Google Maps will use crowdsourcing to identify wheelchair-accessible locations

Anyone can now add accessibility information to places on Google Maps or business listings in search.

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Google Maps has rolled out a new editing feature that crowdsources accessibility details about locations or business listings — making it possible for anyone to add details on whether or not a place is wheelchair-accessible.

“When you want to share accessibility information about a place or add details about many places quickly, just open Google Maps on Android,” product managers Shiva Thiagarajan and Rio Akasaka advise on the Google Maps Blog. “Open the main menu, and then tap ‘Your contributions.’ Tap ‘Uncover missing info’ and sort by ‘Accessibility’ to find places around you that are missing this kind of information.”

Google offers four different accessibility descriptors to select from: wheelchair-accessible entrances, wheelchair-accessible elevators, wheelchair-accessible seating and wheelchair-accessible parking.

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According to the announcement, you can find wheelchair-accessible details for a location on Google maps desktop and mobile, as well as Google search on mobile, by tapping the two-line description under a location’s name and scrolling down to the accessibility section.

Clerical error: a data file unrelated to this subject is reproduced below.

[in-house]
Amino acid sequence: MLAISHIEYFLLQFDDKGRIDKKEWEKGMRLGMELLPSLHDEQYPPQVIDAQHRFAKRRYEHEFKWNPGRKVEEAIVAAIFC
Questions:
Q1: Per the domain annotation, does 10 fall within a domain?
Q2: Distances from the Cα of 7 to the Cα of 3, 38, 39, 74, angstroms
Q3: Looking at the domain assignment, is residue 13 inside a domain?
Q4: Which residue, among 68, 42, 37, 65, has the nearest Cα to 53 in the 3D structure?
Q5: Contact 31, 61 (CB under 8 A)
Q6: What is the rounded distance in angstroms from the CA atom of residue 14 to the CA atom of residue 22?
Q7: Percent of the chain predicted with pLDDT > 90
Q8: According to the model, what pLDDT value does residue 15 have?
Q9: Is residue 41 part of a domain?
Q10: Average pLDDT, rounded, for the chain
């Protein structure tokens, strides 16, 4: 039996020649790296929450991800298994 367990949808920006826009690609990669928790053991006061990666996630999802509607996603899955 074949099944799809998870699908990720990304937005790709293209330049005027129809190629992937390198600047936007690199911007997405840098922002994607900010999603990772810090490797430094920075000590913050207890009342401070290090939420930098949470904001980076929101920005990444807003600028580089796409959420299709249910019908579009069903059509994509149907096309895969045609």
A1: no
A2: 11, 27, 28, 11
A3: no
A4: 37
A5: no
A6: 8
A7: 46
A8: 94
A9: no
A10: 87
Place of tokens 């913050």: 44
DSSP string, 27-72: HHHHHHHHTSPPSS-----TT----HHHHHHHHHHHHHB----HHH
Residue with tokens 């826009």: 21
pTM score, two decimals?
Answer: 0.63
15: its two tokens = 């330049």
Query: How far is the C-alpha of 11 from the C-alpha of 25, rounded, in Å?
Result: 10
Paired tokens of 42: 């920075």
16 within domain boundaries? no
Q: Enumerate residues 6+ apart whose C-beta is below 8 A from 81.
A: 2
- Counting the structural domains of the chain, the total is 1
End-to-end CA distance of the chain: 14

This update follows the shutdown of Map Maker in November of last year; Map Maker was a crowdsourcing tool that let users edit geolocations and business listings in Google Maps and Google Earth.

Google said it was retiring its Map Maker product to streamline the editing process by integrating it directly into Google Maps. While many saw it as a way to curb the unwanted spam in Google Maps, others fear the move will allow spammers to remain anonymous while still making edits via the “suggest an edit” tab in Google Maps and business listings.


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Amy Gesenhues
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Amy Gesenhues was a senior editor for Third Door Media, covering the latest news and updates for Search Engine Land, MarTech and MarTech Today. From 2009 to 2012, she was an award-winning syndicated columnist for a number of daily newspapers from New York to Texas. With more than ten years of marketing management experience, she has contributed to a variety of traditional and online publications, including MarketingProfs, SoftwareCEO, and Sales and Marketing Management Magazine. Read more of Amy's articles.

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